Malcolm Jolley welcomes Nick Keukenmeester back to Toronto and tries Heartland’s Langhorne Creek wines.
Nick Kekenmeester’s career in the wine trade took him from Adelaide, Australia to London and back, via Toronto. Long time GFR readers will recall Keukenmeester’s series of videos for the Lifford Wine Agency in the early years of this decade. About five years ago Keukenmeester returned to South Australia for family reasons. Looking for a job, he went out for lunch with good old childhood friend, Ben Glaetzer, who had built a reputation of one the region’s top young winemakers. Within a few days, Keukenmeester found himself in a new role as a partner in Heartland Wines and a career on the production side of the wine trade. It was in this context that Nick Keukenmeester was in town recently, promoting Heartland’s range of Langhorne Creek red wines, with their agency The Vine, in anticipation of the release of the 2013 Shiraz on March 18 at the LCBO’s Vintage (LCBO# 661934 – $19.95).
Heartland Wines was set up by Ben Glaetzer, perhaps best known for making wine at Mitolo, and two Australian wine industry veterans. Its mission has become to showcase the wines of Langhorne Creek, a designated wine region which lies southeast of Adelaide and is climatically regulated by cool winds from the Great Australian Bight and Lake Alexandrina. Blenders of the wines from the big houses of South Australia prized fruit from Langhorne Creek, but were reluctant to acknowledge their origin, Keukenmeester explained to GFR, since they were based in better known regions like the Barossa or Clare Valleys and the McLaren Vale. That the region was unsung, also meant prices for fruit were comparatively lower. Ben Glaetzer knew this from experience and from his uncle, John Glaetzer, the legendary first winemaker for Wolf Blass who remains , who early on recognized the potential of the region. The point of the Heartland is to make Australian red wines that taste like Australian red wines (Shiraz and Cabernet Sauvignon) from some of the best grapes fruit in the country (including 150 year old pre-phylloxera Cabernet Sauvignon vines that thought to be the world’s oldest), grown around them at Langhorne Creek. So far so good, and so far so good quaity to price ratio: Heartland Wines are some of the better values out there as the region’s reputation, at least outside of is still growing slowly… for now.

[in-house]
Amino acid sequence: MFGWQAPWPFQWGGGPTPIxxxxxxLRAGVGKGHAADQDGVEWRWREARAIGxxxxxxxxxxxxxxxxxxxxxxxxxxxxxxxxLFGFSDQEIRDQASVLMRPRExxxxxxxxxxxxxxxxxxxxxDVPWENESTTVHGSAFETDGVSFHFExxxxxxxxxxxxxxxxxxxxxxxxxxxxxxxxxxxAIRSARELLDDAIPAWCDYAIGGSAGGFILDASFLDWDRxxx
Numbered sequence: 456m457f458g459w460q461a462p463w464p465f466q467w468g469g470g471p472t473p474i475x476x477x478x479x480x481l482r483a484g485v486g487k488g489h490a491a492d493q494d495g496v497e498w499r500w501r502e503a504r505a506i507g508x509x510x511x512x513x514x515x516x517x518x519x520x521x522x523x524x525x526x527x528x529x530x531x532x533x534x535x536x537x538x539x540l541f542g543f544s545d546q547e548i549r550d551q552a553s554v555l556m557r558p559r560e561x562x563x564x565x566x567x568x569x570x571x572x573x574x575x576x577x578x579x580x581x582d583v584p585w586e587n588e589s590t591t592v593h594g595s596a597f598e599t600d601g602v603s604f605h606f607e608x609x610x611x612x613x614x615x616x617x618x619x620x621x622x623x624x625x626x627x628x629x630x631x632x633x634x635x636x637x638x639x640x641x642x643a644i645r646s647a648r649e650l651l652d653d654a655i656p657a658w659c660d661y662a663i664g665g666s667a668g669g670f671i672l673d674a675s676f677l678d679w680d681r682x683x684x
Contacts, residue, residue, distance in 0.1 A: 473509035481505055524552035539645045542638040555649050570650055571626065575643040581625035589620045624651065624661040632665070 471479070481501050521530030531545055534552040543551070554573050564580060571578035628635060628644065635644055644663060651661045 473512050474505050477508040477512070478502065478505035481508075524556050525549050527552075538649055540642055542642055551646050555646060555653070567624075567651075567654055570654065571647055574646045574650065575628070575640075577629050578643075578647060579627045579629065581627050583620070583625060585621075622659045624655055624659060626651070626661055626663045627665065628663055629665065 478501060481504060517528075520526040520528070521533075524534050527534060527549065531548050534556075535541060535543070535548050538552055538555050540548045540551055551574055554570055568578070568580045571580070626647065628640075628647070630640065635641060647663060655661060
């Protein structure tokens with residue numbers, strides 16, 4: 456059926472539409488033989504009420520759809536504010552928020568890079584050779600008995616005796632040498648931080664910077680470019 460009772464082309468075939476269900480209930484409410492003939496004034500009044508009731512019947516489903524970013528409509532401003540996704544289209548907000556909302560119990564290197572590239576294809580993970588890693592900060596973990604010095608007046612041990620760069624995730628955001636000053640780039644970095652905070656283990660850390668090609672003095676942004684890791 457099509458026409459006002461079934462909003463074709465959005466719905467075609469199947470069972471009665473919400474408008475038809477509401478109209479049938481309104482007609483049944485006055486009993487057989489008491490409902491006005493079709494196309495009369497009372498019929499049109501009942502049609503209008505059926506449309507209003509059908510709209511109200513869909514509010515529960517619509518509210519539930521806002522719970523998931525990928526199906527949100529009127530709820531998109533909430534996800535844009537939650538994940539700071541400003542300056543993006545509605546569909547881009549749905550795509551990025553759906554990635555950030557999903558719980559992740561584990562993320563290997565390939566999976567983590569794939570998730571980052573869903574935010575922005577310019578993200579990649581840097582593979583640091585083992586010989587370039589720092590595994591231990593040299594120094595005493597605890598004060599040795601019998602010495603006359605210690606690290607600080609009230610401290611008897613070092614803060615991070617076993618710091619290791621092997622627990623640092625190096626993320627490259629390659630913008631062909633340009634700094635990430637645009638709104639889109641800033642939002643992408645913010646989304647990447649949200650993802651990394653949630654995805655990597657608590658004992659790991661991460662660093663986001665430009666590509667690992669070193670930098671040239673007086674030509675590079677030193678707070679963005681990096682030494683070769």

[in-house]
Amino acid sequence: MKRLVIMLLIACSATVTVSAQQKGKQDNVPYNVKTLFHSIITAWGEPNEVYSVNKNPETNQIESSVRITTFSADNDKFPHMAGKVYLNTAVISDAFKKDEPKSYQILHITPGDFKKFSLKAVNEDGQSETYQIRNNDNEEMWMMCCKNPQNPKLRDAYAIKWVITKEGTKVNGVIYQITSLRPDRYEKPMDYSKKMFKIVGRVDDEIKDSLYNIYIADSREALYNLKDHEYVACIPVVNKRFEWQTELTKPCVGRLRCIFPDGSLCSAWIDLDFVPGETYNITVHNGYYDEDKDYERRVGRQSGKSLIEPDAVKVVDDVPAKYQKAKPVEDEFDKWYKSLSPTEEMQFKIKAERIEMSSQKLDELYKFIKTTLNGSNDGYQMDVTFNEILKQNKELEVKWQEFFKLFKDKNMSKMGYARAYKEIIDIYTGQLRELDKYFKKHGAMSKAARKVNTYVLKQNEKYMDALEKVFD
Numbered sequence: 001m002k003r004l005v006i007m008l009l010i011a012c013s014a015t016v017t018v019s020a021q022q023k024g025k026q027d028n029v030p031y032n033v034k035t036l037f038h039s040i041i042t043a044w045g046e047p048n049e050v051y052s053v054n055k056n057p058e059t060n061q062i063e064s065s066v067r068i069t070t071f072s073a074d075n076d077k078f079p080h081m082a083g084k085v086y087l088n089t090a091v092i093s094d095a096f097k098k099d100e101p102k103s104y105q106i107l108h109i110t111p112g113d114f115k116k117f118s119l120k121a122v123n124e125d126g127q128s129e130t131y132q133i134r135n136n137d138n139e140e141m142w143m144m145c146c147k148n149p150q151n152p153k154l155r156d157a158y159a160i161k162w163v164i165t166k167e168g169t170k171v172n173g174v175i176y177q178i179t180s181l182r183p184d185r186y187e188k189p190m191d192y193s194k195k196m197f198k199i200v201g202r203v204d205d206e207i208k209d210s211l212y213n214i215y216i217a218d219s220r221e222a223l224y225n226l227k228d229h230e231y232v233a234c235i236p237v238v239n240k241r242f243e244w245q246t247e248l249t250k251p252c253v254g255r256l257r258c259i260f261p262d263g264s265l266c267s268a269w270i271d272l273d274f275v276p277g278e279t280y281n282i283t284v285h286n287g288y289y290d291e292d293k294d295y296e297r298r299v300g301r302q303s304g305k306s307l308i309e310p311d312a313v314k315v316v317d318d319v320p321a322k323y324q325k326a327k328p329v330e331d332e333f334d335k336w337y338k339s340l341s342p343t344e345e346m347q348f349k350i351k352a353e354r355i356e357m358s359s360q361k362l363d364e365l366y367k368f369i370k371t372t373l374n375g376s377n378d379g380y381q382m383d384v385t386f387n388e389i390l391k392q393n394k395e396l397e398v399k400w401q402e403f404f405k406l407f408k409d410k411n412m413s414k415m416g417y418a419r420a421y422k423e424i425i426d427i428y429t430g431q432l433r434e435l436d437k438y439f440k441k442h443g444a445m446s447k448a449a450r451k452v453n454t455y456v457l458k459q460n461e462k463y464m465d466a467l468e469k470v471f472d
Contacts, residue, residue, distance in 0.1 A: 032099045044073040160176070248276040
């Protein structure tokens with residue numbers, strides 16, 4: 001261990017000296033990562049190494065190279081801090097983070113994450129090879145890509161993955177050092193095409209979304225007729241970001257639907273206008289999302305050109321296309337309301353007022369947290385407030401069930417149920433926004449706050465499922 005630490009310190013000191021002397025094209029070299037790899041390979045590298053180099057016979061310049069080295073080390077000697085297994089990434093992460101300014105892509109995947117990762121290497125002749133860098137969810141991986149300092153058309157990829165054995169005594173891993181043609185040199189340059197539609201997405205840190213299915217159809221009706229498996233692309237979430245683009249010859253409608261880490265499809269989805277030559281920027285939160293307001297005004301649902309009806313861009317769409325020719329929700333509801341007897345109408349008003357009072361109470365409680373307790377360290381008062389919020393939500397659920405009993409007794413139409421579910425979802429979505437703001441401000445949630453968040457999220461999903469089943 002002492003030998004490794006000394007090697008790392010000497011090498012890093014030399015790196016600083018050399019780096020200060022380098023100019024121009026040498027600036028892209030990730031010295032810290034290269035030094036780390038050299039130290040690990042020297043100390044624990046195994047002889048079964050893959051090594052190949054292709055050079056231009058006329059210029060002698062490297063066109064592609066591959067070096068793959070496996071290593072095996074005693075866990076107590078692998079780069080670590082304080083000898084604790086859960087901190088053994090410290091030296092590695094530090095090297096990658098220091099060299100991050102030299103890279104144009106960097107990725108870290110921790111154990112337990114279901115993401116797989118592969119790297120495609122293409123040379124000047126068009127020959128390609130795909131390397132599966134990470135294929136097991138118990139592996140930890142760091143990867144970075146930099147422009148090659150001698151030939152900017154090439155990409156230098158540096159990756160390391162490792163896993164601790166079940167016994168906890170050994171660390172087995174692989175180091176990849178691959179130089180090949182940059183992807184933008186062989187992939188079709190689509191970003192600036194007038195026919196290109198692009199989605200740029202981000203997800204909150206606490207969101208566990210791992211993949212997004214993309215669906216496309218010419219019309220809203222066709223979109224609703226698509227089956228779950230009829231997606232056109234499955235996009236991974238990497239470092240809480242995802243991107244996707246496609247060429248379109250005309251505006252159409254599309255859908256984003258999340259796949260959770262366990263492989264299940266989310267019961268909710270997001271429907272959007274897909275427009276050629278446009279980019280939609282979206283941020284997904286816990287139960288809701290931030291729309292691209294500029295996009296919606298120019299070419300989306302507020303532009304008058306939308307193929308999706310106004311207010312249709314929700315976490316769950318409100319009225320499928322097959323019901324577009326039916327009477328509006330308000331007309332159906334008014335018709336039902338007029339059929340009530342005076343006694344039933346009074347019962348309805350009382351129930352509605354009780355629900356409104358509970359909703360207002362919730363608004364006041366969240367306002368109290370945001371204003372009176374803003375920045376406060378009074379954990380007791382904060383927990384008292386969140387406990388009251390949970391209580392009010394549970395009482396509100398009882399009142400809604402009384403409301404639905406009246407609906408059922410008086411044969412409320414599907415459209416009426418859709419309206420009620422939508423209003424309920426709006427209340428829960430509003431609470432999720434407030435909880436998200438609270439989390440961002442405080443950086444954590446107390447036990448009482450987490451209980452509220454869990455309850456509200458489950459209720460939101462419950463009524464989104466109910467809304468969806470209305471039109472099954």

The 2003 Heartland Shiraz presents a spicy brush of white pepper, reminiscent of Syrah from the Northern Rhône, but the richness of its purple fruit place it firmly in Australia. “Old vines trump cool climate, Keukenmeester explained. It’s a well balanced, luxurious wine, that despite its relatively high perecentage of alcohol by volume (14.8%) is friendly to food (steak!) with a natural freshness. A great value for under $20.
Also in the LCBO Vintages are few bottles of the 2013 Heartland Stickleback Red (LCBO# 116547 – $14.95), a Cabernet Sauvignon and Shiraz driven blend made from younger vines. The Stickleback is lighter on the palate (with a touch of Grenache and Merlot), though it retains that peppery Shiraz note. This is a lovely very day dinner wine: it’s fresh and it wants food.
Watch this space for more Heartland Wines, being released into Vintages in April, including the 2013 Heartland Cabernet Sauvignon (April 1) and The 2014 Spice Trader, a Shiraz and Cabernet Sauvignon blend with a signature note of star anise (April 15).